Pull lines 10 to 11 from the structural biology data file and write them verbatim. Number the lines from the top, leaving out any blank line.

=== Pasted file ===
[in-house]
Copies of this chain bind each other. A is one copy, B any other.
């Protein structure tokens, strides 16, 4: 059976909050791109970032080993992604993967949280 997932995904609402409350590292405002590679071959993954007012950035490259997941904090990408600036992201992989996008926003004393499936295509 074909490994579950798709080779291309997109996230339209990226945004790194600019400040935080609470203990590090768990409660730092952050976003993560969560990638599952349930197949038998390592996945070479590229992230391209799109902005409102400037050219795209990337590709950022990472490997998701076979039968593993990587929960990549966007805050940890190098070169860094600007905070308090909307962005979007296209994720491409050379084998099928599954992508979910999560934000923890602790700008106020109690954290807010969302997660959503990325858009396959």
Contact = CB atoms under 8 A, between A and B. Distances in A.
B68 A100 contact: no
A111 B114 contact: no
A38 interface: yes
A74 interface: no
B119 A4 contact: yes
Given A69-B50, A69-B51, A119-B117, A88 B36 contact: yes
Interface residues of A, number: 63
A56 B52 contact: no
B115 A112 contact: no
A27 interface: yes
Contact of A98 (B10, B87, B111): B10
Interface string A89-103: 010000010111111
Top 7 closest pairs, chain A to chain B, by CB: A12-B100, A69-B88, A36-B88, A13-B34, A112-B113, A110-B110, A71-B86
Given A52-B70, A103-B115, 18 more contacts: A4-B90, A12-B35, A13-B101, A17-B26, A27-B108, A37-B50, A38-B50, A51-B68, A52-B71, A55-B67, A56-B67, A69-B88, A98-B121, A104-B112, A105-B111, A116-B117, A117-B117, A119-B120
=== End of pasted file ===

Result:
Given A69-B50, A69-B51, A119-B117, A88 B36 contact: yes
Interface residues of A, number: 63